15 challenges in executing the ORR bus priority lane project

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Traffic police has notified the bus priority lane. File pic: Kashinath Prabhu

Bengaluru’s bus priority lane (BPL) project was to be launched in Outer Ring Road (ORR) today, but has been postponed yet again. In the first part of this series, I explored issues with respect to the overall strategy of the project. What’s also clear is that the BBMP and BMTC have not thought through many practical difficulties in implementing it.

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Here are some of those:

BPL is actually Bus ‘BMTC Priority Lane’!

Presently the BPL is only for BMTC, and not for other forms of mass transport such as:

    • State transport buses from all states
    • Private intercity (long-distance) buses 
    • Private buses catering to commuters
    • Contract buses (hired by LG, Samsung etc.)
    • School buses
    • HOVs (High-Occupancy Vehicles like tempo travellers, cabs and school vans)

This is a massive issue because other buses outnumber BMTC buses by a ratio of 4:1. And this does not even count the LCVs (Light Commercial Vehicles).

If private buses are not allowed to stop at BMTC stops, they cannot do business. On the other hand, passengers cannot be offloaded in the middle of the general lanes on ORR. So the only option left for them is to use the service roads, which will lead to the mother of all traffic jams.

Parents of school children will have to work out a different routine, including a different point for pick-up and drop. If they are picking up and dropping their children themselves, it could conflict with their office timings.

BPL may not be able to achieve desired speeds

Since the BPL does not allow overtaking of buses, a single-lane BPL will very likely lead to bus bunching. We have bus stops or junctions every 500 m. This is too short a distance – at high speeds, the buses will quickly reach the end of the stretch, and bunch rapidly. Bus bunching will reduce the speed of buses radically, even below their current speed.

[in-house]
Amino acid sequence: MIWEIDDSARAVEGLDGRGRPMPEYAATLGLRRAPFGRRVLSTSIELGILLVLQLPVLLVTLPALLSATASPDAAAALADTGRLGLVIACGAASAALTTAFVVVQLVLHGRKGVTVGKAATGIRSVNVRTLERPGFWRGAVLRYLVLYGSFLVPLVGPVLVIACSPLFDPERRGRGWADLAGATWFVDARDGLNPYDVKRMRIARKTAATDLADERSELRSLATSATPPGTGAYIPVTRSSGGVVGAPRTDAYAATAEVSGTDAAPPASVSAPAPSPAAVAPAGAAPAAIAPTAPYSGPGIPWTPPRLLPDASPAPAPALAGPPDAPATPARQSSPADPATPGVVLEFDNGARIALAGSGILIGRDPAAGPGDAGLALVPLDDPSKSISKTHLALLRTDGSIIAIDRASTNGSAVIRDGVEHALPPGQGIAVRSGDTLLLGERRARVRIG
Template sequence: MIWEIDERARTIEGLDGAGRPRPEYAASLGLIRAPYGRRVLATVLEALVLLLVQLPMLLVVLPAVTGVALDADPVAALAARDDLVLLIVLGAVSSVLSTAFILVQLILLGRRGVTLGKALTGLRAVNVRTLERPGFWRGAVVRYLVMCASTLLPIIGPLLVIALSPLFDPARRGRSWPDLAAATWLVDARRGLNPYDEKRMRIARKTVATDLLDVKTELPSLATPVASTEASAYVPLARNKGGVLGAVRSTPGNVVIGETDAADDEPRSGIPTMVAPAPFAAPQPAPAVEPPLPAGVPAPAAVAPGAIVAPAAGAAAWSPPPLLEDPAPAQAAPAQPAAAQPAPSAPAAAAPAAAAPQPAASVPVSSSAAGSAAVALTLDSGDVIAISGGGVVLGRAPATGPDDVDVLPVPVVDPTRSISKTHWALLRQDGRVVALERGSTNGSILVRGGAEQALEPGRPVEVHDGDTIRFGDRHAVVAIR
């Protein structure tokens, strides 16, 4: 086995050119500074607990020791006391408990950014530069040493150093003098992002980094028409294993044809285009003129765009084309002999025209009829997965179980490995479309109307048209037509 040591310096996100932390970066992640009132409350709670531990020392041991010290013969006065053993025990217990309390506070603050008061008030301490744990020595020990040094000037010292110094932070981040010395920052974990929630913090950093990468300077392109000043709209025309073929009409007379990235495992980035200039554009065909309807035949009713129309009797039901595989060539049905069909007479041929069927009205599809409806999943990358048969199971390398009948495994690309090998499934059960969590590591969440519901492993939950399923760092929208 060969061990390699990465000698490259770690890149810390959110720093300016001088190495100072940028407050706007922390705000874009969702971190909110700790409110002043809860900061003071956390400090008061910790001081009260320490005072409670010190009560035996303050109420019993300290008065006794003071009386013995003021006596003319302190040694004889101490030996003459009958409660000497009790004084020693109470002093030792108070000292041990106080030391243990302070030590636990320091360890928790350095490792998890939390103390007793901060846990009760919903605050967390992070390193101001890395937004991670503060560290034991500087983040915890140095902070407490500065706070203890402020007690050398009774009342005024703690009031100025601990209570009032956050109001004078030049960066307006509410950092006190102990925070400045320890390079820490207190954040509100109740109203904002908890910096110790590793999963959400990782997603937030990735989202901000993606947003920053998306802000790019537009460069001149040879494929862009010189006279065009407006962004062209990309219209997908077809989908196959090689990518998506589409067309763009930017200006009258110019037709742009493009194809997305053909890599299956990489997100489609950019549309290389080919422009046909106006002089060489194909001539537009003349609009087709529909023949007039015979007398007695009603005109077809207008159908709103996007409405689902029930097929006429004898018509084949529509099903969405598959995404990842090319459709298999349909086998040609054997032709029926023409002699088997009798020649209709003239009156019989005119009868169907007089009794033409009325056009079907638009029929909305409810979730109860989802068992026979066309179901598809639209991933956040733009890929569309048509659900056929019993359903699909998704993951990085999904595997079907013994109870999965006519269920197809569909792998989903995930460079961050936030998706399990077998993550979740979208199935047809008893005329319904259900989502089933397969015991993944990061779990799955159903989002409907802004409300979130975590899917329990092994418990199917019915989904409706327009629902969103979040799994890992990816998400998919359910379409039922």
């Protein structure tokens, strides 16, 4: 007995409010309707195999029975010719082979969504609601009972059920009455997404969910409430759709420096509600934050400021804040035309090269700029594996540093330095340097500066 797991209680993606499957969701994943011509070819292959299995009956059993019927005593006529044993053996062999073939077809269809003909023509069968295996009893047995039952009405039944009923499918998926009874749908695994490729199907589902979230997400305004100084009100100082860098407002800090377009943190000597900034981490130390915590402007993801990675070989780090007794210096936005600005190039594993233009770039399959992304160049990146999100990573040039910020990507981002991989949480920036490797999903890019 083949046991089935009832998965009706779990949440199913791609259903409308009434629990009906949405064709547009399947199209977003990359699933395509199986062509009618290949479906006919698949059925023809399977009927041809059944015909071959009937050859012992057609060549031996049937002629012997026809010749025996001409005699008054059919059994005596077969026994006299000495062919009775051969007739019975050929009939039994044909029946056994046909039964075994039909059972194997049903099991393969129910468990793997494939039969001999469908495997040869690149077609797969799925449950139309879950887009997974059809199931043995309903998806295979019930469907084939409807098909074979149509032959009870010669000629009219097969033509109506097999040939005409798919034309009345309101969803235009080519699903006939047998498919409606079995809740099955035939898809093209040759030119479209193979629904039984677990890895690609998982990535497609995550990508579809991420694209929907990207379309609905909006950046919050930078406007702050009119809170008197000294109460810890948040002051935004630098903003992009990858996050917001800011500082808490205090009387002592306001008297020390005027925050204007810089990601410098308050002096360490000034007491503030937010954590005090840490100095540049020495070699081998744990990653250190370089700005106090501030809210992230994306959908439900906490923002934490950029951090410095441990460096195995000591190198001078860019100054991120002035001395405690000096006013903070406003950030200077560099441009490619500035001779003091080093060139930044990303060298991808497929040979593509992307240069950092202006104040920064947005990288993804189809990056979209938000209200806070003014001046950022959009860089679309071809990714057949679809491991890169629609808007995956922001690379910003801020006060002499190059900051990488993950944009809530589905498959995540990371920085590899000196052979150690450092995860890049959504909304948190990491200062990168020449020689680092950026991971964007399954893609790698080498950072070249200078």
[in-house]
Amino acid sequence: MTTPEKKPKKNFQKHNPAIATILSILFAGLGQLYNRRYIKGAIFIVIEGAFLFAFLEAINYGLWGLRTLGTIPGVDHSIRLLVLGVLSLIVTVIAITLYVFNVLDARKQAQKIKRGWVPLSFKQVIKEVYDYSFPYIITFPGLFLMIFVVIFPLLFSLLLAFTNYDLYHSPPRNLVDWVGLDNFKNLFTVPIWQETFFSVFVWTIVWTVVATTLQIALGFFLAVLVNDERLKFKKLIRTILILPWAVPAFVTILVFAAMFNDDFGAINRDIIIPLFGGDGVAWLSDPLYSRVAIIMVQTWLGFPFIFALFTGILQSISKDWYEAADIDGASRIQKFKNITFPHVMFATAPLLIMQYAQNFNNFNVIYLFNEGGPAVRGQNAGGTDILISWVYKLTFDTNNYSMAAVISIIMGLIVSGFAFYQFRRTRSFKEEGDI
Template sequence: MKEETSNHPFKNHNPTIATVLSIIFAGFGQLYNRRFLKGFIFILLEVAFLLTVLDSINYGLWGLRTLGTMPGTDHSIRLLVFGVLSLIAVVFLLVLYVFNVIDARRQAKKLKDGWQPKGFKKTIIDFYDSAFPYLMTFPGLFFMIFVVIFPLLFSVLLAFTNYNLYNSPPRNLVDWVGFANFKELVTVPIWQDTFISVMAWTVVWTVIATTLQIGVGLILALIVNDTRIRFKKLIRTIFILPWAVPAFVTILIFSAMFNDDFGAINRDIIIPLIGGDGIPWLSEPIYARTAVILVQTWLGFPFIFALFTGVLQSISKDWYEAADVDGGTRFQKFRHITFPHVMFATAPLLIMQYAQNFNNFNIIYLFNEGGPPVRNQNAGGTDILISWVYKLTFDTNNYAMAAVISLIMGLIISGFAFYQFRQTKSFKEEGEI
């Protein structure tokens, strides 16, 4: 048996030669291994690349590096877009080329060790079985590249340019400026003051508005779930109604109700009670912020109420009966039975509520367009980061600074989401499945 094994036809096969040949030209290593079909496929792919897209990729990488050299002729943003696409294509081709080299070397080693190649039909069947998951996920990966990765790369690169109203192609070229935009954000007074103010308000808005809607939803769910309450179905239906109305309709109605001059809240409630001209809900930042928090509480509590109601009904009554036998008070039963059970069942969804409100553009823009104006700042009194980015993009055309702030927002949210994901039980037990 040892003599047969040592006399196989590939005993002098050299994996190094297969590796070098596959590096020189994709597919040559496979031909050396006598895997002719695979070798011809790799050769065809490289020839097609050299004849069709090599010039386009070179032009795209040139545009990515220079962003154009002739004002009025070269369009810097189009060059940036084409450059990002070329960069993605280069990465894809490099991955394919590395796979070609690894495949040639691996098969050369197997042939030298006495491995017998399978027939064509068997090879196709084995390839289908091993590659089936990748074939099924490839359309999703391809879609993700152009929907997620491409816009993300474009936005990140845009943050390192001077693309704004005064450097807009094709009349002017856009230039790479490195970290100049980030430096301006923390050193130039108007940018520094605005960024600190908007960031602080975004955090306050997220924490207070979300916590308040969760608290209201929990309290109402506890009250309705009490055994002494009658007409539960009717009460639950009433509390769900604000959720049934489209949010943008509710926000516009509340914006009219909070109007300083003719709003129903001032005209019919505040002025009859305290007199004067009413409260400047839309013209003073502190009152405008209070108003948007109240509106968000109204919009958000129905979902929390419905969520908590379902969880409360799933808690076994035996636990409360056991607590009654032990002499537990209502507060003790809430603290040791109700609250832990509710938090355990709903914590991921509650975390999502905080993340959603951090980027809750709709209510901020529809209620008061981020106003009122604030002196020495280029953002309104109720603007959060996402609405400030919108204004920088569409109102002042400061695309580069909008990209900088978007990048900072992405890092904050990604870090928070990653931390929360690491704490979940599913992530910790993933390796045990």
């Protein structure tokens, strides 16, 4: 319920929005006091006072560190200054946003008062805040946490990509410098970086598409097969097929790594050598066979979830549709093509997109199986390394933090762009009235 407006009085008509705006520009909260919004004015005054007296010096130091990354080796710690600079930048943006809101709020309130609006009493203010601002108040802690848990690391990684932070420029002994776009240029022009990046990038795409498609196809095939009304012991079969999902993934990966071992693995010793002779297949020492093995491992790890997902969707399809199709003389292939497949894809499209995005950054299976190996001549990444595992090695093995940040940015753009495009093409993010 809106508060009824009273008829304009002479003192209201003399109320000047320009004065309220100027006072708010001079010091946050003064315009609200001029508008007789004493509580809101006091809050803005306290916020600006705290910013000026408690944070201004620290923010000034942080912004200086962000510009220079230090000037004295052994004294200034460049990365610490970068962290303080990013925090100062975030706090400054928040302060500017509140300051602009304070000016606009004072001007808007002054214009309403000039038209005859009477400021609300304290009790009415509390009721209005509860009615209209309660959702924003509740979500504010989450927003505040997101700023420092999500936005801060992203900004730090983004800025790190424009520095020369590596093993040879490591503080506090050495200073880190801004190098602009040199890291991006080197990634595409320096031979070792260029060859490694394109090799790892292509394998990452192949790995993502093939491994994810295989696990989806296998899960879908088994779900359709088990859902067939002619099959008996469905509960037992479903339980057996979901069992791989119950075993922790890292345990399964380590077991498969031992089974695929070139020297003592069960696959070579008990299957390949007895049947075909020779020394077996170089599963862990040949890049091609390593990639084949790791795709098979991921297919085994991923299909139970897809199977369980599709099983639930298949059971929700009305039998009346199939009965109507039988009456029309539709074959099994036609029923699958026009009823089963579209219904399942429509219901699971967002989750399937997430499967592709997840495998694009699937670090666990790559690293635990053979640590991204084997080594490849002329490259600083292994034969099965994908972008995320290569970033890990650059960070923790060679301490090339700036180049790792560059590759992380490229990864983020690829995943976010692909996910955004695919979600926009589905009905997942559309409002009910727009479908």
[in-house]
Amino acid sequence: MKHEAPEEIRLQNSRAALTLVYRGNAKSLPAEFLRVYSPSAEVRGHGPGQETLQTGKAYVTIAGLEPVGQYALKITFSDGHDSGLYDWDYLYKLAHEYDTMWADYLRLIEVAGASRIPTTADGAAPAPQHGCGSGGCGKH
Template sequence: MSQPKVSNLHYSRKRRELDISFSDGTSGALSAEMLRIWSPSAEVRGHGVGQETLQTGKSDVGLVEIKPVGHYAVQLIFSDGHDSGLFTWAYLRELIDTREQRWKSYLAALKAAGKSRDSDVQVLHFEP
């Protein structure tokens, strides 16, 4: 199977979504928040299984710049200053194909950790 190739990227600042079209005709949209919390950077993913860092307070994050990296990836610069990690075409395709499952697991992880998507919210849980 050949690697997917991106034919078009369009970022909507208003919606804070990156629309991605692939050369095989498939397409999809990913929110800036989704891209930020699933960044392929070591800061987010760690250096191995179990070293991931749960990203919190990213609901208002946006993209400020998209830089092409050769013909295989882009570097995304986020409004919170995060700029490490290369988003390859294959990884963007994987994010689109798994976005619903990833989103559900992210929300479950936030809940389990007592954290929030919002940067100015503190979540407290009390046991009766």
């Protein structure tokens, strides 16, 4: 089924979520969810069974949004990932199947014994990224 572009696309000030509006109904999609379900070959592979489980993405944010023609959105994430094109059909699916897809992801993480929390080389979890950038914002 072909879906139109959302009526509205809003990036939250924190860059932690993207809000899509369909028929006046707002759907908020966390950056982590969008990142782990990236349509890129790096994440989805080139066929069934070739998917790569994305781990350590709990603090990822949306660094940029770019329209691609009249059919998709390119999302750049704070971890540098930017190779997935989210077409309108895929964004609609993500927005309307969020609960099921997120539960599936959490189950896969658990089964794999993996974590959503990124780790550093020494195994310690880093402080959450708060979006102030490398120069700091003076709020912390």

This makes the whole idea unviable.

How fast a bus reaches the next blockage

Speed (km/h) Minutes to reach the next blockage
5 6
10 3
15 2
20 1.5

Note that this is the time taken by the lead bus to reach the next blockage. As the queue builds, subsequent buses will not have to go that far, and will take lesser time to catch up with the previous bus.

No provision to catch and punish intruders into BPL

Traffic laws are rampantly violated in Bengaluru due to the lack of enforcement. The chances of getting caught and punished for most violations is extremely low, and the rewards are just too great.

So, if we want the BPL to be clear of private vehicles, we will need a much higher level of vigilance and enforcement. People must be convinced that every single violation is found and punished. But BMTC does not have a strategy to prevent private vehicles from intruding into the BPL.